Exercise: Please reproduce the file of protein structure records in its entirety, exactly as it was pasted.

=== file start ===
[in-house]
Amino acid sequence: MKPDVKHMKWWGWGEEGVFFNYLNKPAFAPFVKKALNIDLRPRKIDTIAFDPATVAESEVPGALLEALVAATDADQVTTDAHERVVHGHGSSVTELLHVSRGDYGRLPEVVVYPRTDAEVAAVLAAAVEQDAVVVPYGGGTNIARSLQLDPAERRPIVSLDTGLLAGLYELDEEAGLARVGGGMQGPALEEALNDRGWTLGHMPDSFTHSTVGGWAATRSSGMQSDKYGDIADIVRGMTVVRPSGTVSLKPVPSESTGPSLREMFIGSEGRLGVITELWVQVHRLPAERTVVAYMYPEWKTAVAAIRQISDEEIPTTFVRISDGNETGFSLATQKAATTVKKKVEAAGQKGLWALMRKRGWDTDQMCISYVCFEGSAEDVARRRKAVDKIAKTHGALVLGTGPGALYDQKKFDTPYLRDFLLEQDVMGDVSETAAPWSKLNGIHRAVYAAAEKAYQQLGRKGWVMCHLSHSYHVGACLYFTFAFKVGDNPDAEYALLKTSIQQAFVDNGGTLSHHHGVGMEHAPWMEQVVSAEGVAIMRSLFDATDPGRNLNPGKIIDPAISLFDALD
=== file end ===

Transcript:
[in-house]
Amino acid sequence: MKPDVKHMKWWGWGEEGVFFNYLNKPAFAPFVKKALNIDLRPRKIDTIAFDPATVAESEVPGALLEALVAATDADQVTTDAHERVVHGHGSSVTELLHVSRGDYGRLPEVVVYPRTDAEVAAVLAAAVEQDAVVVPYGGGTNIARSLQLDPAERRPIVSLDTGLLAGLYELDEEAGLARVGGGMQGPALEEALNDRGWTLGHMPDSFTHSTVGGWAATRSSGMQSDKYGDIADIVRGMTVVRPSGTVSLKPVPSESTGPSLREMFIGSEGRLGVITELWVQVHRLPAERTVVAYMYPEWKTAVAAIRQISDEEIPTTFVRISDGNETGFSLATQKAATTVKKKVEAAGQKGLWALMRKRGWDTDQMCISYVCFEGSAEDVARRRKAVDKIAKTHGALVLGTGPGALYDQKKFDTPYLRDFLLEQDVMGDVSETAAPWSKLNGIHRAVYAAAEKAYQQLGRKGWVMCHLSHSYHVGACLYFTFAFKVGDNPDAEYALLKTSIQQAFVDNGGTLSHHHGVGMEHAPWMEQVVSAEGVAIMRSLFDATDPGRNLNPGKIIDPAISLFDALD